In the same way that this process occurs in interpersonal interactions, it is also done by bad actors against the population as a whole (when governments do this, it is commonly referred to as the “totalitarian tiptoe”). If you consider the whole COVID-19 “pandemic” situation, we had a series of completely absurd demands placed upon us for “emergency” reasons, and then each time one stipulation was complied with, an even more extreme one was put forward. For example, although the lockdowns had no value and resulted in enormous social costs, many are now calling for climate lockdowns (to fight the emergency of climate change), and Oxford is drafting the plans to implement them next year.

Another common abuser of society is the pharmaceutical industry. Nowadays, I am often asked how I was able to accurately predict the course of the pandemic, and my answer each time is: “all of this was just an escalation of what the industry had done previously.” As the years have gone by, the industry has become more and more brazen in pushing unsafe and ineffective medications onto the market and paying off the government to gaslight the injured parties, rather than fulfilling its obligation to investigate and pull the harmful medications.

For example, much of what has happened throughout the COVID-19 pandemic parallels the early days of the AIDS epidemic. Fauci fought to keep a variety of effective treatments for AIDS off the market so that he could push through a deadly and ineffective (but highly lucrative) drug to treat HIV, which was AZT. This is exactly what Fauci later did during COVID-19, first with remdesivir, and later the vaccines, except this time it affected all of America rather than just the gay community (who actively protested him at the time, but for all practical purposes were ignored):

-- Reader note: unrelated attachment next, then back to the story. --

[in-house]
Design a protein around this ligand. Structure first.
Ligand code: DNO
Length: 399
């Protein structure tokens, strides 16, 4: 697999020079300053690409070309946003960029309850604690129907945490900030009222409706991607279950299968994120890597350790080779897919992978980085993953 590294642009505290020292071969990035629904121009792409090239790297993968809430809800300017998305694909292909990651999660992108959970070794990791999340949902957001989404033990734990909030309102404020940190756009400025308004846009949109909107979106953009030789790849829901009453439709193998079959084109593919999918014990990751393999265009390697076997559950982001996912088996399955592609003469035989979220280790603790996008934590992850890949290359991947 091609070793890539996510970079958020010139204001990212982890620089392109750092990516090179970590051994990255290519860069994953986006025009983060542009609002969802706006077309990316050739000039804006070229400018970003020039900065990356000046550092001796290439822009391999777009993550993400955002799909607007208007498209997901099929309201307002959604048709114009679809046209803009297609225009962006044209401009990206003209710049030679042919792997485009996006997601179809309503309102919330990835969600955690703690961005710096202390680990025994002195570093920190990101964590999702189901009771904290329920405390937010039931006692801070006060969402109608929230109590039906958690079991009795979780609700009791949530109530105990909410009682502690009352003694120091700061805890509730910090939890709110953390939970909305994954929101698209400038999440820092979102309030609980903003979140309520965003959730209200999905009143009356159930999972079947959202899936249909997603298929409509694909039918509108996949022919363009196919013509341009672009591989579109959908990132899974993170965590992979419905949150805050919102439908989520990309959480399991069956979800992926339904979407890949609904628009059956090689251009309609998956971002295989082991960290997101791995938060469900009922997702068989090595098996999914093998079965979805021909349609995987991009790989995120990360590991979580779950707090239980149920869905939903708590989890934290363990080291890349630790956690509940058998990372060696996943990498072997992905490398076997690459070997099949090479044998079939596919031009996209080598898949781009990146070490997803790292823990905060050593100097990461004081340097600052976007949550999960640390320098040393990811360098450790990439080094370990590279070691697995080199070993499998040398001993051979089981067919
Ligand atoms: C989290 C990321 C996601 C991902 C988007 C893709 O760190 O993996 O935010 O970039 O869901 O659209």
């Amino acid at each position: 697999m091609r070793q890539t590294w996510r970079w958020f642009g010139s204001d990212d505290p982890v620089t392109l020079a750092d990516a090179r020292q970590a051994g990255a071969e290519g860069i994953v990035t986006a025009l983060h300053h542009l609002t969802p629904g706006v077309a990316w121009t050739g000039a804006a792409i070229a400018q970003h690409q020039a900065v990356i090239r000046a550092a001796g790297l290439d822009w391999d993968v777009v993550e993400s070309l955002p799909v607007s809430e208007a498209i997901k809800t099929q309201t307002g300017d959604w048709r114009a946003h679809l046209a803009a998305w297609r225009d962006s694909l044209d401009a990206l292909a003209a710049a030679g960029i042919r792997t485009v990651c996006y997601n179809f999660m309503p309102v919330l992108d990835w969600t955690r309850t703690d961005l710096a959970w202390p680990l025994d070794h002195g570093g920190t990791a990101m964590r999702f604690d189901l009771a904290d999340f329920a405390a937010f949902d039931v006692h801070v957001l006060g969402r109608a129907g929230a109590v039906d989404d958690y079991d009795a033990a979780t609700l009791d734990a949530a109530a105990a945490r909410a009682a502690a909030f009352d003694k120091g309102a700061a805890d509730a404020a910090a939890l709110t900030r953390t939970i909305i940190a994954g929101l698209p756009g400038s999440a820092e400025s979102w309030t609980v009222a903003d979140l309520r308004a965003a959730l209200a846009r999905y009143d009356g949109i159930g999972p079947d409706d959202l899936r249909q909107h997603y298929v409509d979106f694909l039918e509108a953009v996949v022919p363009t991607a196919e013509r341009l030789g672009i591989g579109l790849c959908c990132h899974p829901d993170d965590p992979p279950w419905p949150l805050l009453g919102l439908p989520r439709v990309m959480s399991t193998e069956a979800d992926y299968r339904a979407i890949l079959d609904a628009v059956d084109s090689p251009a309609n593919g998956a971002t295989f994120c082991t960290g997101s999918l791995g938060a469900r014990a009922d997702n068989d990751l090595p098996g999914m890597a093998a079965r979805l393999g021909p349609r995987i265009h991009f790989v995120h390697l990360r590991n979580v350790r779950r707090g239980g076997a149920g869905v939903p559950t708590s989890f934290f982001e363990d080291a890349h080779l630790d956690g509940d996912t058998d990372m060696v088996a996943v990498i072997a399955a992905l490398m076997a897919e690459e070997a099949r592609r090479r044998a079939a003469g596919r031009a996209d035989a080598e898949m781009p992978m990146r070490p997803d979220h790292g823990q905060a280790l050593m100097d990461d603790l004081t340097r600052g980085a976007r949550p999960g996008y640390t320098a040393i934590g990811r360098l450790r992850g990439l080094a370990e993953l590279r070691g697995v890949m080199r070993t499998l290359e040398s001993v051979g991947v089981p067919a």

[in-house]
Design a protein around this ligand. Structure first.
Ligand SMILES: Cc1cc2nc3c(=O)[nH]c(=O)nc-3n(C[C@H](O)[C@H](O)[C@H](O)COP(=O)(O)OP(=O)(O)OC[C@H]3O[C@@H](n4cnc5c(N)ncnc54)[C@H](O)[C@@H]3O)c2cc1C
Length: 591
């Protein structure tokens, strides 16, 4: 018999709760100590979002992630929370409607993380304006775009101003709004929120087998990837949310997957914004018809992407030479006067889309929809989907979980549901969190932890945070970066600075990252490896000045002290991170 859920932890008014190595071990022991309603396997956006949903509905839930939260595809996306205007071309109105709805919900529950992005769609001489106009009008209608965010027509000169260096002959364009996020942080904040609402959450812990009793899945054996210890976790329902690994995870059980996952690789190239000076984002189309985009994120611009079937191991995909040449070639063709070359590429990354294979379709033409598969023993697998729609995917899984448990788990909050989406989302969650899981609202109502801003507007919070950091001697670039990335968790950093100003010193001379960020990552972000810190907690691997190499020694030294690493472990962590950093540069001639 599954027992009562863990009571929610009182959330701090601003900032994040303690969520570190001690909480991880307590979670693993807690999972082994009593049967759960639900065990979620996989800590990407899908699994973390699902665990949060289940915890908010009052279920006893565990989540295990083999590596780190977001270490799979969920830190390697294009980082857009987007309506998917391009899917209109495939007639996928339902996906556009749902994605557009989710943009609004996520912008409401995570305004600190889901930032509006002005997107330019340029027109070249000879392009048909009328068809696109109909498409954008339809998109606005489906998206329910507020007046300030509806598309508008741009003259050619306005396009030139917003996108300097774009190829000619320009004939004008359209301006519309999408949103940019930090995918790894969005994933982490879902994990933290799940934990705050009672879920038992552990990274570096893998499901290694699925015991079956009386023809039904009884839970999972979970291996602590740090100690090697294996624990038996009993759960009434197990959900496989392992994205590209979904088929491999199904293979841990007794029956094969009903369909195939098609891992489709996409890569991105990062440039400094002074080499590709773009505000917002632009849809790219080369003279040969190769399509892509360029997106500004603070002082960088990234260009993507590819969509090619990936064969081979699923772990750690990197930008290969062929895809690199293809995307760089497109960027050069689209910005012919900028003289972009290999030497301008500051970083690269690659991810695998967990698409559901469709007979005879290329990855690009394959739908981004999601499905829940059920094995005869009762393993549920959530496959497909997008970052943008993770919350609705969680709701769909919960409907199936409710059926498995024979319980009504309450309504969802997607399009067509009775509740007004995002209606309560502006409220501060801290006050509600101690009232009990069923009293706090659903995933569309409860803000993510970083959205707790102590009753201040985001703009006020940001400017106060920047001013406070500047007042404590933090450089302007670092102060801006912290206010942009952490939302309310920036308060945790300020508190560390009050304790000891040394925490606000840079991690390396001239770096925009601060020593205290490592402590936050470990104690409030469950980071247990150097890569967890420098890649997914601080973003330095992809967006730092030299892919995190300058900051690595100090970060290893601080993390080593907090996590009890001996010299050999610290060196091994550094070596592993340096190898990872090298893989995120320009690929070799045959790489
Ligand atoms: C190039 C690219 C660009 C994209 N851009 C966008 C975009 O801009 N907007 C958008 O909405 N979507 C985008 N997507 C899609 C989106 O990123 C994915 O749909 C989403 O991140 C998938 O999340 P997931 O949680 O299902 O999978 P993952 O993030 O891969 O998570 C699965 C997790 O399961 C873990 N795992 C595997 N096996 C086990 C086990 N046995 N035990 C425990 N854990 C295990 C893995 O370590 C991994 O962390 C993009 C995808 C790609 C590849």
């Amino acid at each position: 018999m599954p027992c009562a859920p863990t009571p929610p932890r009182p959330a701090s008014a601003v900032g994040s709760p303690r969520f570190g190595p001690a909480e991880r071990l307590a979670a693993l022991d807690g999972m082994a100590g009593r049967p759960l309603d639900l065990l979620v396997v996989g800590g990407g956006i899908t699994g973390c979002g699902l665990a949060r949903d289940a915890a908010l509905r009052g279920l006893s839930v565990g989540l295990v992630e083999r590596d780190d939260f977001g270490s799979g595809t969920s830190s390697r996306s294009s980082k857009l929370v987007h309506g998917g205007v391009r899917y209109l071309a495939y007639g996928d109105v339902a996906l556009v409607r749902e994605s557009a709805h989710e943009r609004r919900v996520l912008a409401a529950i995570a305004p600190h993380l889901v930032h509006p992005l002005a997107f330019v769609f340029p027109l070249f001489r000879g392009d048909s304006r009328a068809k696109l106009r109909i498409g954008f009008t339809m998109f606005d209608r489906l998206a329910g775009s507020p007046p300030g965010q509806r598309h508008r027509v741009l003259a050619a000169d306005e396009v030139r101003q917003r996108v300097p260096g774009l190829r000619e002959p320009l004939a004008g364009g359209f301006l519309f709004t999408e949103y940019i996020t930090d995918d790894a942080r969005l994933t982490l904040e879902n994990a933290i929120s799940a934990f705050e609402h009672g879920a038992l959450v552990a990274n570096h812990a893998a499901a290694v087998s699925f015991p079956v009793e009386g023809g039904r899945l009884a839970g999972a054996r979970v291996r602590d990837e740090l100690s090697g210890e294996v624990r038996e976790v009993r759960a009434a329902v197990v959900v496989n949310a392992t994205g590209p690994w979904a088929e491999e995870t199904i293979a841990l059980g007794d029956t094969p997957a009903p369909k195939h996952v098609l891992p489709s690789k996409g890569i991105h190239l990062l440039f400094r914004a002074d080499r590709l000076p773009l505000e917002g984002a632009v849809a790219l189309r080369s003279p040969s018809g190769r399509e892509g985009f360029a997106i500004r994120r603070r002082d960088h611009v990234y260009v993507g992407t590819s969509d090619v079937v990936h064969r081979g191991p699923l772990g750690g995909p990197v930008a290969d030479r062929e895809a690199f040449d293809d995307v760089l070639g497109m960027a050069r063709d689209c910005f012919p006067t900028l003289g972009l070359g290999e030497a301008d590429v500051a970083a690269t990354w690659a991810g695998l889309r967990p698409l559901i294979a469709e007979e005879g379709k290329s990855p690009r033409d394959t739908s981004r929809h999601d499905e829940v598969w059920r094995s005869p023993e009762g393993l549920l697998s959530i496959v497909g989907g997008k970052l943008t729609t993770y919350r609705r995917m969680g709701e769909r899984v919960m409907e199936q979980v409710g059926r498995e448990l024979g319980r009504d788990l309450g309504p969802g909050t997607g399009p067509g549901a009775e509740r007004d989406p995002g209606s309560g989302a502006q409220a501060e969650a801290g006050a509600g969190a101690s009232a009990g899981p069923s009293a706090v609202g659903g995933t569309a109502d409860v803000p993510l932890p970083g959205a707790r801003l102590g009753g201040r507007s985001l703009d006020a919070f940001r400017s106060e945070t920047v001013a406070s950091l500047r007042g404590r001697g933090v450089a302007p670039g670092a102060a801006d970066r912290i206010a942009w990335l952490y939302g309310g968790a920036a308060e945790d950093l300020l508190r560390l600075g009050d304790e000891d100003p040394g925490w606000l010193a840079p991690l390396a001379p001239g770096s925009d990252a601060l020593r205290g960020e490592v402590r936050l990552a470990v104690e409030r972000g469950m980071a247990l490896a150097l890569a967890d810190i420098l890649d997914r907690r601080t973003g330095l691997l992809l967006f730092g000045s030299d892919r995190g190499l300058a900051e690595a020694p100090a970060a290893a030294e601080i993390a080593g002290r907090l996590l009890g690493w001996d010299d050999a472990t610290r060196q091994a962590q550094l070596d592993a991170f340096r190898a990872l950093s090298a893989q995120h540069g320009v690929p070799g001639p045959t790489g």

Similarly, there were major concerns with safety, efficacy, and research fraud, which should have never allowed the first selective serotonin reuptake inhibitor (SSRI) antidepressant (Prozac) to enter the market. Bush senior (who had previously served on the board of Prozac’s manufacturer) played a key role in forcing it through the approval process (the FDA did not want to approve it).

Once it was approved (many other competitors quickly jumped into the market with equally dubious clinical trial data), the FDA received a deluge of reports of severe side effects from SSRI users, including violent acts of suicide or homicide. The FDA then did everything it could to bury this information (e.g., forbidding their own reviewer to release a report that was critical of giving SSRIs to children, and authoring its own inaccurate meta-analysis which erroneously argued that there were no safety concerns with the SSRIs).

Eventually, after two decades of protest against the FDA, which included a congressional hearing, the agency capitulated by issuing a black box warning (used for medications known to carry serious safety risks) on the SSRIs, which has since been mostly ignored. As that represents the closest documented case precedent we have to what is happening now with the COVID-19 vaccines, I tried to document what the FDA did then here (it is also covered in more detail in this book).

Similarly, in 2009, in response to widespread publicity detailing serious adverse events attributed to the Human Papillomavirus (HPV) vaccine, the FDA and CDC initiated a study to examine Gardasil’s safety profile based on VAERS case reports. It analyzed all VAERS reports filed since Gardasil’s mid-2006 approval through the end of 2008, a period of two and a half years.

The key finding of the study was that “the VAERS reporting rate for [Gardasil] is triple the rate for all other vaccines combined.” Additionally, the study found that 68% of the reports were submitted by representatives of Merck, Gardasil’s manufacturer, most of which were largely incomplete or inaccurate, and 90% of which lacked information essential for conducting medical assessments. Finally, the authors also noted that VAERS suffered from underreporting.